China replaces soldiers with Robots In Tibet

Ground Report | New Delhi: China replaces soldiers with Robots; China is deploying machine gun-carrying robots in its western desert regions amid a clash with India because troops are struggling with the high-altitude conditions, it has been claimed.

Dozens of unmanned vehicles capable of transporting both weapons and supplies are being shipped to Tibet, Indian media report, and most are deployed in border regions where Chinese troops are locked in a clash with Indian soldiers.

Vehicles include the Sharp Claw, which is mounted with a light machine gun and can be operated wirelessly, and the Mule-200, which is designed as an unmanned supply vehicle but can also be equipped with weapons.

Beijing has sent 88 Sharp Claws to Tibet, which borders India high in the Himalayas, of which 38 are deployed in the border region, according to Times News Now.

Some 120 Mule-200s have also been sent to Tibet, News Now reports, and most of them have been deployed to the border area. In addition to unmanned vehicles, China has also beefed up its forces with 70 VP-22 armored personnel carriers, 47 of which are located in border areas.

Another 150 Lynx ATVs were also dispatched to the border. The Lynx is enormously versatile and can be used to carry small numbers of troops or be mounted with various weapons systems, including howitzers, heavy machine guns, mortars, or missile launchers.

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Beijing deployed the vehicles after state media previously reported that the soldiers had been fitted with exoskeleton suits to help them cope with transporting supplies at extreme altitudes.Soldiers were given carbon fiber exoskeletons to relieve pressure on their legs and ankles while carrying heavy equipment and supplies 16,000 feet above sea level. (China replaces soldiers with Robots)

The troops had been fighting because the lack of oxygen at that altitude makes the loads feel heavier, while the soldiers also tire more easily. “This type of suit is particularly useful at high altitudes,” a military expert told the Global Times in December last year.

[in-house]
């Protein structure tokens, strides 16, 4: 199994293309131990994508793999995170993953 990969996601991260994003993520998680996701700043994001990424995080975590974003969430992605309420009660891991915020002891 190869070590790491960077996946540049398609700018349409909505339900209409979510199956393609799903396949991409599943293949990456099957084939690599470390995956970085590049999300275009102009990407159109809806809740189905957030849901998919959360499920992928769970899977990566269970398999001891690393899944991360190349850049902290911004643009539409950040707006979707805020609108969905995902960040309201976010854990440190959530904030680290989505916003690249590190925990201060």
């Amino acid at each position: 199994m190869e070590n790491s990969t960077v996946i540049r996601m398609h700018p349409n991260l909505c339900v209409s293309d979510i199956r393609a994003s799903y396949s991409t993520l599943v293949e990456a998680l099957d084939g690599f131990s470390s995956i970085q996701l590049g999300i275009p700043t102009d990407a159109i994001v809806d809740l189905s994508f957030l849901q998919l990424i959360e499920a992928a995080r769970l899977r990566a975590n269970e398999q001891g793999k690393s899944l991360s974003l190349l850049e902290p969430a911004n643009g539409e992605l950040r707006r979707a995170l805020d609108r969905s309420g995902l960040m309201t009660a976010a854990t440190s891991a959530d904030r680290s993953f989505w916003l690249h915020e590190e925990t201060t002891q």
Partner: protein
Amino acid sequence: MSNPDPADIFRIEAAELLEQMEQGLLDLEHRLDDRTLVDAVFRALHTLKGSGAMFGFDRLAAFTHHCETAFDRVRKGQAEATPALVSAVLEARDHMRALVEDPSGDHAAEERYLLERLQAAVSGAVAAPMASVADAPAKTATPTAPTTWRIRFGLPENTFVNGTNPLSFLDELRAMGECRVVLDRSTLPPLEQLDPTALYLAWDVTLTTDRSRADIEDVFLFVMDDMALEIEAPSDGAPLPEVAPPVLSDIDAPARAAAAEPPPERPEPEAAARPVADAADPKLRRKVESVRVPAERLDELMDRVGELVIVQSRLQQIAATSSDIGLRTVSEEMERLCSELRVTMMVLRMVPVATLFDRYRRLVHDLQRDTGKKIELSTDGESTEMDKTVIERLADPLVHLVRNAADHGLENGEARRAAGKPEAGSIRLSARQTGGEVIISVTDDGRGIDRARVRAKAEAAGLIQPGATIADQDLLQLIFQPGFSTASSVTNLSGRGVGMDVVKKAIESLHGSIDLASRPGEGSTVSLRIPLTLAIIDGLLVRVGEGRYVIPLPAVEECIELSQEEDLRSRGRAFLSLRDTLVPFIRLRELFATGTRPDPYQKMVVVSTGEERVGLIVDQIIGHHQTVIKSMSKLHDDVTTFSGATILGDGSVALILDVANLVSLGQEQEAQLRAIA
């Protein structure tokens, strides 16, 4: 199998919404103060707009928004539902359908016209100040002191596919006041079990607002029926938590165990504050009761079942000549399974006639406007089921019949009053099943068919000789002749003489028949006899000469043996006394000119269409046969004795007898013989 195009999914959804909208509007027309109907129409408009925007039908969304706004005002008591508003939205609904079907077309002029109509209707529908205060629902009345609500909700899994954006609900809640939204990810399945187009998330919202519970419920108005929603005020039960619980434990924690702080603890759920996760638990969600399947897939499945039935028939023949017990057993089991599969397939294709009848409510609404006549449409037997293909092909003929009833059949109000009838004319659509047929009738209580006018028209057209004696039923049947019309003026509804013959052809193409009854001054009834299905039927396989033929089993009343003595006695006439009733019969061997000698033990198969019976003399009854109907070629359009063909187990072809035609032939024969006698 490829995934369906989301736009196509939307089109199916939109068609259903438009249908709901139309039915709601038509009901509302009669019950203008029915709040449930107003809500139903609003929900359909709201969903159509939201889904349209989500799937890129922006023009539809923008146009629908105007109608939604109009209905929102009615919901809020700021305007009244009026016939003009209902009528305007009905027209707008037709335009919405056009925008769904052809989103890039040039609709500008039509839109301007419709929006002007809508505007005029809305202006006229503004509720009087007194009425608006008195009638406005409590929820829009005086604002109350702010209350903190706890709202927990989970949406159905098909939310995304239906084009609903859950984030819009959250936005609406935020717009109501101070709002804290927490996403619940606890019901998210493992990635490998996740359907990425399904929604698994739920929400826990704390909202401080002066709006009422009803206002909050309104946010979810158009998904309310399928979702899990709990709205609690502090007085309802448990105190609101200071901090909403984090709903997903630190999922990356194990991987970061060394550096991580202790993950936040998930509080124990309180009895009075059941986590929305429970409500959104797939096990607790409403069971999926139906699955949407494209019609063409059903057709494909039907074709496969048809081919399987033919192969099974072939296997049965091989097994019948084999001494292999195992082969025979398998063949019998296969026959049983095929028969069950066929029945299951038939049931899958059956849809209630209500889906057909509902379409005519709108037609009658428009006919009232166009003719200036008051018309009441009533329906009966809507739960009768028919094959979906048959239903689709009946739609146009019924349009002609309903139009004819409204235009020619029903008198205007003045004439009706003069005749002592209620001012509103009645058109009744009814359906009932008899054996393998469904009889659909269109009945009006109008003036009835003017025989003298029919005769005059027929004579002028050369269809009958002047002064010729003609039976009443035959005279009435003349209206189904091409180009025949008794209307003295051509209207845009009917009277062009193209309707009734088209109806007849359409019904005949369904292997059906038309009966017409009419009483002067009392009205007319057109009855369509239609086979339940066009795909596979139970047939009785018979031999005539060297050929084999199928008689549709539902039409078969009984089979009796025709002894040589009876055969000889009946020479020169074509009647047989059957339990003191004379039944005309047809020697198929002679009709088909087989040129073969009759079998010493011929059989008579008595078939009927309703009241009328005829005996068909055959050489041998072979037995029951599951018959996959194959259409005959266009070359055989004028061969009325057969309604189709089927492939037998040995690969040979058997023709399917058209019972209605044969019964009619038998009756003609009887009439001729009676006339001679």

China and India have fought intermittent conflict in their border region for decades along what is known as the “line of control.” The border region is very dry, remote, largely inhospitable and of little practical value, but its control is a highly symbolic issue for both parties.

The region, which is extremely dry, remote, and largely inhospitable, has little practical value beyond a few trade routes that cut through its deserts, but has symbolic significance for both sides wanting to show dominance. Tensions rose in 2020 when hand-to-hand fighting broke out between Chinese and Indian troops, with dozens killed in skirmishes fought with melee weapons, including nail clubs.

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China accused India of provoking its troops, while India accused Beijing of trying to redraw the border and invade its territory. Satellite images appeared to back up India’s claims, showing new Chinese construction in disputed areas. The clashes sparked a diplomatic exchange between Beijing and Delhi, with India severing some commercial ties and banning Chinese phone apps.

In June last year, China began dismantling some structures in disputed areas, easing tensions, although the region remains on high alert for further fighting. It comes in the context of broader military readiness on the part of China, which has seen it adopt an increasingly belligerent stance with its neighbors, especially with Taiwan.

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